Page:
The lived experiences of obese gay men with weight stigma within the homosexual community: A phenomenological study
The purpose of this study was to explore the lived experiences of obese gay men with weight stigma within the homosexual community. The research question for this study was, “What are the lived experiences of obese gay men regarding weight stigma within the homosexual community?” Due to the nature of the question, the phenomenological methodology was selected, and Moustakas’ (1994) transcendental phenomenological model was utilized as the blueprint for the study methodology. The target population for the study was men who met the following criteria: exclusively homosexual, at least 18 years of age, and met the established American Heart Association standards for being classified as obese. A sample of nine participants was utilized, and they were interviewed in face to face or telephone sessions. The interview sessions were conducted in an open ended format with guiding and probing questions, and these sessions were audio taped. The data from the interviews was analyzed, and the following themes emerged from the data: discriminatory treatment, reactions to discriminatory treatment, feelings of not belonging, and finding acceptance. The themes presented insight into the lived experience of the participants, and their journey from feelings as though they were an outcast to eventually finding acceptance. The themes also provided information that was crucial to the researcher in developing the homosexual subgroup creation theory. The intent of the study was to contribute to an under researched area within the academic literature. The findings of the study have provided information about the lives of obese gay men, and this may be useful to human service professionals who work with this population. Additionally, this information may also be useful to inform gay men about the challenges that their larger peers experience within the homosexual community.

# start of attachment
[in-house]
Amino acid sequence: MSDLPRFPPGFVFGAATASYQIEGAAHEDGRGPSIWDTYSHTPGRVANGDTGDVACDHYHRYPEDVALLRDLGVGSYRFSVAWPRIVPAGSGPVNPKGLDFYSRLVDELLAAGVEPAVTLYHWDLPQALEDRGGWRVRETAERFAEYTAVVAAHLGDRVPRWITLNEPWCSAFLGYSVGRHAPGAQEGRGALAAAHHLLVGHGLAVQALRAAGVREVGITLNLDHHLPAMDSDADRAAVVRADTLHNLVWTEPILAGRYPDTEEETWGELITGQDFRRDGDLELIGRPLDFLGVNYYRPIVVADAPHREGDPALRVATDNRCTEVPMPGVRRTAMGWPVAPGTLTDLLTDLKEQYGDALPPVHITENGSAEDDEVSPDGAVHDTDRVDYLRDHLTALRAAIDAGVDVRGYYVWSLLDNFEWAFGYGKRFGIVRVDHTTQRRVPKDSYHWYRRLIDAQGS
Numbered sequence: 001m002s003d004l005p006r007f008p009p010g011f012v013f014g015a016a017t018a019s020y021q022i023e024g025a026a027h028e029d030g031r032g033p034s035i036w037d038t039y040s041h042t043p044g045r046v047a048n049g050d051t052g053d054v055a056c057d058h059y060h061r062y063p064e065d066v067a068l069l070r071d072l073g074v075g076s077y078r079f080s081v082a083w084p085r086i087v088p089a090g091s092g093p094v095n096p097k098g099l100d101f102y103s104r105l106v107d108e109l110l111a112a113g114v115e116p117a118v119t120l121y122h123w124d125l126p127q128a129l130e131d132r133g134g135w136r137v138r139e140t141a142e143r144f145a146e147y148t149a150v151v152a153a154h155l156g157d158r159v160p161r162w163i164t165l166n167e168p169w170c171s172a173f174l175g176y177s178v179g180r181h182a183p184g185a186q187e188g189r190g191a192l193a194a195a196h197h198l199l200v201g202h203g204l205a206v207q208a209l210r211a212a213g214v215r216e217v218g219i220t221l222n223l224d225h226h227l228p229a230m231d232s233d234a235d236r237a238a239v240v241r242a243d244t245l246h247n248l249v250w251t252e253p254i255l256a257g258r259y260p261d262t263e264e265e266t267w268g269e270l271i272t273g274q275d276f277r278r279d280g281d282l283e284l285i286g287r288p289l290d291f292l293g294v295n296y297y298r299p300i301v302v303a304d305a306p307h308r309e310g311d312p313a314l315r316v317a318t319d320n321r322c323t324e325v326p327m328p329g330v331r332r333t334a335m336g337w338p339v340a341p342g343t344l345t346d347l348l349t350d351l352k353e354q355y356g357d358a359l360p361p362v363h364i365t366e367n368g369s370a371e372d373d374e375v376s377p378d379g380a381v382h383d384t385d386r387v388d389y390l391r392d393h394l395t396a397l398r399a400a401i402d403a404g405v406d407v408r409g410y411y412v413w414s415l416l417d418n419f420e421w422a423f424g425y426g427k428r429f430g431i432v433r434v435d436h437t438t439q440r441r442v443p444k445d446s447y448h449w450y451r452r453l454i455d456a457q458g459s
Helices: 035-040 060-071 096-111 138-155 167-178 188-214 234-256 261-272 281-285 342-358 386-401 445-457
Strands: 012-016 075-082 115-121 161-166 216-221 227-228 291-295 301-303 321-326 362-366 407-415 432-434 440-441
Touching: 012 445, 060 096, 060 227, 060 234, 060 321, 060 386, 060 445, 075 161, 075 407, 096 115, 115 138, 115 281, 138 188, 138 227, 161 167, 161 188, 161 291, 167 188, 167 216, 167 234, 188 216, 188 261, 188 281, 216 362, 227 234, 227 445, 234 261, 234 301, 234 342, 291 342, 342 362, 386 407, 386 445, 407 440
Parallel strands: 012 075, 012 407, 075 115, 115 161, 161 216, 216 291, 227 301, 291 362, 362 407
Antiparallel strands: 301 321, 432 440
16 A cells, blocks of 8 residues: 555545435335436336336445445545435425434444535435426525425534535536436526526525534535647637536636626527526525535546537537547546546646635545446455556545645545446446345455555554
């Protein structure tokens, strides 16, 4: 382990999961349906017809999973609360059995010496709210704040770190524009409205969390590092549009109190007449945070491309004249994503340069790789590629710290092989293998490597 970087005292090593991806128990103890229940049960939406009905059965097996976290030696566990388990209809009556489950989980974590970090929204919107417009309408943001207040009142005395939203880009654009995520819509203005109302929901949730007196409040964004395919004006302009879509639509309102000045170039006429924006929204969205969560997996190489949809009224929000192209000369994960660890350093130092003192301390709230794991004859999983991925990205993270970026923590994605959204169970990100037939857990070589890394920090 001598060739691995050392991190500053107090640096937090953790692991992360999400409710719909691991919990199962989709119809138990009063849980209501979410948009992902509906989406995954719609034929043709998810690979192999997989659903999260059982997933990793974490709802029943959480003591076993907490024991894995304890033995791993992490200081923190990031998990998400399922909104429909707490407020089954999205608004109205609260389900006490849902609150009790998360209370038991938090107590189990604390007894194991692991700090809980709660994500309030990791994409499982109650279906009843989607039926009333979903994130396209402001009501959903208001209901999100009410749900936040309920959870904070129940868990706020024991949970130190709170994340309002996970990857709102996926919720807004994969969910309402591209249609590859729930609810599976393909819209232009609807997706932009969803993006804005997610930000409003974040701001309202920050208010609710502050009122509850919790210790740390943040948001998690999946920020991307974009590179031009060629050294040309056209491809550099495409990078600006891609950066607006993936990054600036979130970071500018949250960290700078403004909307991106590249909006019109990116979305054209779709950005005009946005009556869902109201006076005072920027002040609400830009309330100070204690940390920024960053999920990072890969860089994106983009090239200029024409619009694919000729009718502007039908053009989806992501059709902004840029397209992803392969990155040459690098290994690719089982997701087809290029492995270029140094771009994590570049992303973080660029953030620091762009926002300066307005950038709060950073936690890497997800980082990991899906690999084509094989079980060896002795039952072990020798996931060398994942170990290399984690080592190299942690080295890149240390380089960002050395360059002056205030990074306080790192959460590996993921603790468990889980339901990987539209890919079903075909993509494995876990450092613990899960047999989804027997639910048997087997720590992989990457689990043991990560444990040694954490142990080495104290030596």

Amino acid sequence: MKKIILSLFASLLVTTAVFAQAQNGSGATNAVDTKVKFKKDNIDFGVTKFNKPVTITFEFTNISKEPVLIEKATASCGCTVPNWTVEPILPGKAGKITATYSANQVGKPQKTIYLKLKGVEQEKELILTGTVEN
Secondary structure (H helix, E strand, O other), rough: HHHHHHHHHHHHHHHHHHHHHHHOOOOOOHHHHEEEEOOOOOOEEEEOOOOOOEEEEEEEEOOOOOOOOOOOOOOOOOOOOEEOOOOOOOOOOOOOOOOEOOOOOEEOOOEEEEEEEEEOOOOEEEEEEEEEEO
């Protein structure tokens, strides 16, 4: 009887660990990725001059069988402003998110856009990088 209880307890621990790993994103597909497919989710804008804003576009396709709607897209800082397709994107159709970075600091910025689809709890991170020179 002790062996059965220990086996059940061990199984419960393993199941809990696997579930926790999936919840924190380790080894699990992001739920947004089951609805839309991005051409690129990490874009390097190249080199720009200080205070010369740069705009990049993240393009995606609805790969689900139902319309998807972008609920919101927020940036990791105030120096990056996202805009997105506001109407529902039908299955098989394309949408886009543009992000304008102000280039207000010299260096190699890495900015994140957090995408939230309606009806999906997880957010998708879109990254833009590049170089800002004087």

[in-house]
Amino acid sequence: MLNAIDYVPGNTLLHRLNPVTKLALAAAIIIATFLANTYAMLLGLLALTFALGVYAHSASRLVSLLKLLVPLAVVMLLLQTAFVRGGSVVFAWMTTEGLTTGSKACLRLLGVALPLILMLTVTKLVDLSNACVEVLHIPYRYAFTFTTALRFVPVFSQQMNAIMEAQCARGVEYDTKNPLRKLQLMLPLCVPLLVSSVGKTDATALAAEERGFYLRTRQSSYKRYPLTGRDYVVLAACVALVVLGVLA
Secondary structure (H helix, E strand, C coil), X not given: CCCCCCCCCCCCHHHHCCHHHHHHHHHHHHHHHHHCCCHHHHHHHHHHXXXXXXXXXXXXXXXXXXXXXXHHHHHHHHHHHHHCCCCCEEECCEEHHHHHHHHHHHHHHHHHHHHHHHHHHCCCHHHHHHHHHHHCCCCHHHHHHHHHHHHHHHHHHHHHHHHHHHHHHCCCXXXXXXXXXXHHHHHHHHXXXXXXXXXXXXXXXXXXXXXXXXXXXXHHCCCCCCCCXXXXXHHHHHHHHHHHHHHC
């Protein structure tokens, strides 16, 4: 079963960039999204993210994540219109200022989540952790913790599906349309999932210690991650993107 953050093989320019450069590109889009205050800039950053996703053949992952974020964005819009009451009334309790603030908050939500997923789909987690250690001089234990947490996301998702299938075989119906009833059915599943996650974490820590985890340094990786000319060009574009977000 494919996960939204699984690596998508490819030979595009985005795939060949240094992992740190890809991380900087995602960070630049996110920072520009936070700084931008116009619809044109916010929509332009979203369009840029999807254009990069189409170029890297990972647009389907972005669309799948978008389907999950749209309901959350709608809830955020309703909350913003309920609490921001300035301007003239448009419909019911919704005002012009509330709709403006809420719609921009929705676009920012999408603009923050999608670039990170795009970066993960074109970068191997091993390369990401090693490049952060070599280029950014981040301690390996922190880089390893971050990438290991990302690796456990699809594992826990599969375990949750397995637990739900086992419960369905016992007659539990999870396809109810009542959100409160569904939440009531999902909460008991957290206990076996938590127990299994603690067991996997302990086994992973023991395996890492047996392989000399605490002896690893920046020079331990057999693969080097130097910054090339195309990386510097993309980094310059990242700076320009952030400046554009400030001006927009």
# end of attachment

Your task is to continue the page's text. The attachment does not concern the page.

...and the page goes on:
0492: GLBT Studies